Despite the myriad changes Adventure Recovery founder Tim Walsh has undergone in the ensuing years, one thing remains constant: The No. 1 concern of teens who struggle with substance abuse remains, “I don’t want to get sent away.”
“Recreational cannabis means that we are talking about cannabis. That’s a good thing. Young people are asking unsolicited questions, neighbors are talking to each other. … We developed norms … We’re starting to talk about what does safe use look like for adults? What is the norm?” –Chris Tucci, Railroad Street Youth Project deputy director
The techniques and approaches Foote advocates are not specific to any particular substance or circumstance; rather, they address the fact that communication gets much more fraught, and the stakes get much higher, when kids enter their teen years.
I was recently invited to be the guest speaker for two journalism classes at Monument Mountain Regional High School in Great Barrington. The students, about 35 all together, had prepared questions for me based on their reading the day before of my recent four-part series, “Addiction in the Berkshires: Sara’s story.”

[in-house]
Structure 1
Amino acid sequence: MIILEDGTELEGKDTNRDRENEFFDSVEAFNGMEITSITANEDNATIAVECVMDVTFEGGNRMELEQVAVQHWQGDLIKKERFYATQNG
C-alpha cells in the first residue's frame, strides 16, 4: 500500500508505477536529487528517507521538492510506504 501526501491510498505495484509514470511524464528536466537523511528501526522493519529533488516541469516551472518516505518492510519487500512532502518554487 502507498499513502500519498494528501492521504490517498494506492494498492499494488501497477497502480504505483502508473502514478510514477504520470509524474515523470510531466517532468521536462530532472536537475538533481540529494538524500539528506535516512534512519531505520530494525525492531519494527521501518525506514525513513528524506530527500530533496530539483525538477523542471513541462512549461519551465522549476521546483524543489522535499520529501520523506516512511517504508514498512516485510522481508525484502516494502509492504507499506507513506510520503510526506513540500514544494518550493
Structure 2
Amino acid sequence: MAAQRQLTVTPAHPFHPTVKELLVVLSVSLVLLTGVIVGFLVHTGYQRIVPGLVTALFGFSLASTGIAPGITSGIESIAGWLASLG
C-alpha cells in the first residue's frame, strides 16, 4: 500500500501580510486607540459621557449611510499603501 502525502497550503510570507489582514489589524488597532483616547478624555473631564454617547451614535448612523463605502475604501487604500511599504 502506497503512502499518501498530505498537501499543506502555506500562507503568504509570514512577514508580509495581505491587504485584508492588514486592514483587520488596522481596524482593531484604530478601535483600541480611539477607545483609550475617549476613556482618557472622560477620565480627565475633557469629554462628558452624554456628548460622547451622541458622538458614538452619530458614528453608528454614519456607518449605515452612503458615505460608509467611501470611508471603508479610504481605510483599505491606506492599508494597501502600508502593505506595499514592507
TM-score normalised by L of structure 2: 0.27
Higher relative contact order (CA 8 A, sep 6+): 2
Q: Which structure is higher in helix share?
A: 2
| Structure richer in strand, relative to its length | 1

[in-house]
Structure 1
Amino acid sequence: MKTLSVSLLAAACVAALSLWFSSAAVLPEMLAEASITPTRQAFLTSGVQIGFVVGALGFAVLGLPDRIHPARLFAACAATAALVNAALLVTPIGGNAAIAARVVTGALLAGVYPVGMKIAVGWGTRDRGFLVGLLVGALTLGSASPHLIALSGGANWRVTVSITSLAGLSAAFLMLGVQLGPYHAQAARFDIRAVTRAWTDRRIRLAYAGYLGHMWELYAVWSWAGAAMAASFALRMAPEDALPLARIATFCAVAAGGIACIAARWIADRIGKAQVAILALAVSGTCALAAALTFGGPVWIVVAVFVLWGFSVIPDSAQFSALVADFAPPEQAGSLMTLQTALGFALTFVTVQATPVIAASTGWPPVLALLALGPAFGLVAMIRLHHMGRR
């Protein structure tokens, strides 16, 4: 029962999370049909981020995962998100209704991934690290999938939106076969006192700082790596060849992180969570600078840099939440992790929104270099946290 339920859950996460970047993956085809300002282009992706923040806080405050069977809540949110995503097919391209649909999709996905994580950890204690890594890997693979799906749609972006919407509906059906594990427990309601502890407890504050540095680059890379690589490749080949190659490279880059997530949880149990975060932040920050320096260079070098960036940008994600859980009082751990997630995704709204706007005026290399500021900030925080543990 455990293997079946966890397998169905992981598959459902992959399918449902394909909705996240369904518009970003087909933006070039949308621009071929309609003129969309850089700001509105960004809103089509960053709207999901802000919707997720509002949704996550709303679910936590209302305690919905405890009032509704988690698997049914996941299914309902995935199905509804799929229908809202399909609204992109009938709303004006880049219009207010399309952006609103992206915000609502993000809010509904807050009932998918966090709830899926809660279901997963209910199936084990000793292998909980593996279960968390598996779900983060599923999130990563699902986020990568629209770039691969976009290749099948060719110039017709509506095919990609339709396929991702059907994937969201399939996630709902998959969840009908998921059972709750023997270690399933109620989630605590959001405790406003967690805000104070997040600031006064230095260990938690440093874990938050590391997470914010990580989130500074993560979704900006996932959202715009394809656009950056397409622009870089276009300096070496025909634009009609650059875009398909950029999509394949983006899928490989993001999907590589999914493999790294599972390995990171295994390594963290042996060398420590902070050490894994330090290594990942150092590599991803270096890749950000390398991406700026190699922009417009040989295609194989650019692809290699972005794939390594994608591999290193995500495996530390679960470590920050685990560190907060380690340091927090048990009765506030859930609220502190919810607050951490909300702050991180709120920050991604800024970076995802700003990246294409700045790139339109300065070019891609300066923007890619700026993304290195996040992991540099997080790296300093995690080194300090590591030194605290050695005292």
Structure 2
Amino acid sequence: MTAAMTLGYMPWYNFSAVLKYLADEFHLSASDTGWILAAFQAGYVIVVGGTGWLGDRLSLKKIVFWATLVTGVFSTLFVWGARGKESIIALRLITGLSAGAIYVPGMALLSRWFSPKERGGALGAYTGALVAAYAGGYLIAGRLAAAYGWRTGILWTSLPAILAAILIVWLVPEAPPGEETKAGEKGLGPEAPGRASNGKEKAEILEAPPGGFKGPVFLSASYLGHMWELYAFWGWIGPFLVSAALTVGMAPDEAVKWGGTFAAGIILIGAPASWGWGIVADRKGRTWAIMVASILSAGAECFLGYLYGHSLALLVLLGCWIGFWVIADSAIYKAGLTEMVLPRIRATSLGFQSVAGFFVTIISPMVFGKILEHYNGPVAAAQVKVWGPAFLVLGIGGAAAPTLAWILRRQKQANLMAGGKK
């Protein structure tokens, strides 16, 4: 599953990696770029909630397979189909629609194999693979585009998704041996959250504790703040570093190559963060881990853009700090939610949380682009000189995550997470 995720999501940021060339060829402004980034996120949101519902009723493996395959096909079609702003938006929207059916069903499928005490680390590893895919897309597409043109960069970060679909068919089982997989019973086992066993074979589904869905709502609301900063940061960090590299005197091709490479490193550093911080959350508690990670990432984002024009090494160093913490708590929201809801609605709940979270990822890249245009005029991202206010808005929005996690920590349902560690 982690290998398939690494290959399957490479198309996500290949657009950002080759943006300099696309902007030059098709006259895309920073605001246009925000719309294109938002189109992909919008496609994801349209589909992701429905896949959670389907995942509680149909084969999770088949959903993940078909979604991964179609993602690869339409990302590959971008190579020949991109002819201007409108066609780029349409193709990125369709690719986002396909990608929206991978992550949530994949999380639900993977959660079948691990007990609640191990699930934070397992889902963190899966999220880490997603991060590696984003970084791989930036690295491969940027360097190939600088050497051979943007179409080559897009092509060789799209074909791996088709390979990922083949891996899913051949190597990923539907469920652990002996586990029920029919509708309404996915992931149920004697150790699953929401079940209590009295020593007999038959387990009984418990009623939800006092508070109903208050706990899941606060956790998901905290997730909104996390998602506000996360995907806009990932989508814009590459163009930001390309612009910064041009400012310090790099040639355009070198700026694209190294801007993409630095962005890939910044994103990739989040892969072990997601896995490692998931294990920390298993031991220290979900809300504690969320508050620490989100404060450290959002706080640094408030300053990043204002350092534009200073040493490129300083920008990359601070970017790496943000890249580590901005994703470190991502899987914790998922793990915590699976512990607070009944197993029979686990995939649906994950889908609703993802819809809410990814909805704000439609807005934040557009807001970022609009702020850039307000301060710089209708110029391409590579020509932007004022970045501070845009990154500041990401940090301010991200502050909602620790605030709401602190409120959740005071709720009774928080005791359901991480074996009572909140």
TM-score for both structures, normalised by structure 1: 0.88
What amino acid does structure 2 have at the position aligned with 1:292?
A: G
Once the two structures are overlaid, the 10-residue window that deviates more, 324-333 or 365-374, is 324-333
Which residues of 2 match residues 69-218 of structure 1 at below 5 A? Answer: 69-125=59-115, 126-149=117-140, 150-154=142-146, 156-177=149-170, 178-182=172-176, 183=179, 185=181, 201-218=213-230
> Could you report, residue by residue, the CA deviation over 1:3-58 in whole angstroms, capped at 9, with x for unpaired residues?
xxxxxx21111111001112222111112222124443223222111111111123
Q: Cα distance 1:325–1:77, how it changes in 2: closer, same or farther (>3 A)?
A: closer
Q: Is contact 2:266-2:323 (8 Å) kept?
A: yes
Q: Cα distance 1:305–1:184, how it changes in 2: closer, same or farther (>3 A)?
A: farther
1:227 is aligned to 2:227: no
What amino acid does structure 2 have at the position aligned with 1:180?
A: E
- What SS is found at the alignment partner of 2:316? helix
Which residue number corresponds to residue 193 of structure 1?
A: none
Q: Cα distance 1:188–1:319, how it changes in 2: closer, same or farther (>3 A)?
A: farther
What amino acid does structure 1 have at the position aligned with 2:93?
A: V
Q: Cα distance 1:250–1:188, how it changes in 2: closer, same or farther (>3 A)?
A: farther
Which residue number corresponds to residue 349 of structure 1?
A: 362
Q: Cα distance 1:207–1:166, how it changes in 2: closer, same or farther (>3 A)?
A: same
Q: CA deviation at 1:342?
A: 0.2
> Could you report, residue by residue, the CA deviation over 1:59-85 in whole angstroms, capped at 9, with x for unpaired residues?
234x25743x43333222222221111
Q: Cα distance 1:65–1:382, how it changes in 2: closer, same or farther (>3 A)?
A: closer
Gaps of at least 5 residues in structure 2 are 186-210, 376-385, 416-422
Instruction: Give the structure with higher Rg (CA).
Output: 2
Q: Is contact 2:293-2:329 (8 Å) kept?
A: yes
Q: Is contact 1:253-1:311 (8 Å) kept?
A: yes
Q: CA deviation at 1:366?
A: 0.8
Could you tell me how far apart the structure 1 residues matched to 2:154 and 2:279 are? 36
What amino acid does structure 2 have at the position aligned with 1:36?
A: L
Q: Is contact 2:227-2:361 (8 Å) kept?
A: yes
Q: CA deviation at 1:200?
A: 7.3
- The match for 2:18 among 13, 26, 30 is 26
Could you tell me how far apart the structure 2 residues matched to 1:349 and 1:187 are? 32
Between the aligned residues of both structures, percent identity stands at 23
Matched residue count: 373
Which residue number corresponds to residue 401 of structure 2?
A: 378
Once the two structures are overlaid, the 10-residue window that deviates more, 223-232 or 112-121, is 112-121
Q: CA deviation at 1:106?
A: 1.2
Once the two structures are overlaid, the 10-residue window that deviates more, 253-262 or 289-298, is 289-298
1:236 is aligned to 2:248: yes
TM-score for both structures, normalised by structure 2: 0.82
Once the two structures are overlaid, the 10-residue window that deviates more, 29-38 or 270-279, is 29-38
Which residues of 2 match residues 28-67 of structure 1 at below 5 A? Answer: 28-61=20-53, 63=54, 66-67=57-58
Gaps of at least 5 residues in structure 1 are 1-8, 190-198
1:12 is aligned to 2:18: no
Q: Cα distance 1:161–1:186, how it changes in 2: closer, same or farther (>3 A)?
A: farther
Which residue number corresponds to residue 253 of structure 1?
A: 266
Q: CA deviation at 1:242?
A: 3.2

“When I was younger, I was an A student, in the 98th percentile on all the tests. I did ballet. You wouldn’t have thought I would end up the way I did. All my teachers thought I had a lot of promise and would do well in life.”
Berkshire County ranks highest for suicide rates in the state. Between 2007 and 2016, rates rose dramatically for individuals between the ages of 15 and 19: There was a 50 percent increase for females and a 31 percent increase for males.
The Railroad Street Youth Project’s South Berkshire Community Health Coalition is partnering with the Center for Motivation and Change in New Marlborough on a three-part training for parents who are concerned about their child’s drug and/or alcohol use.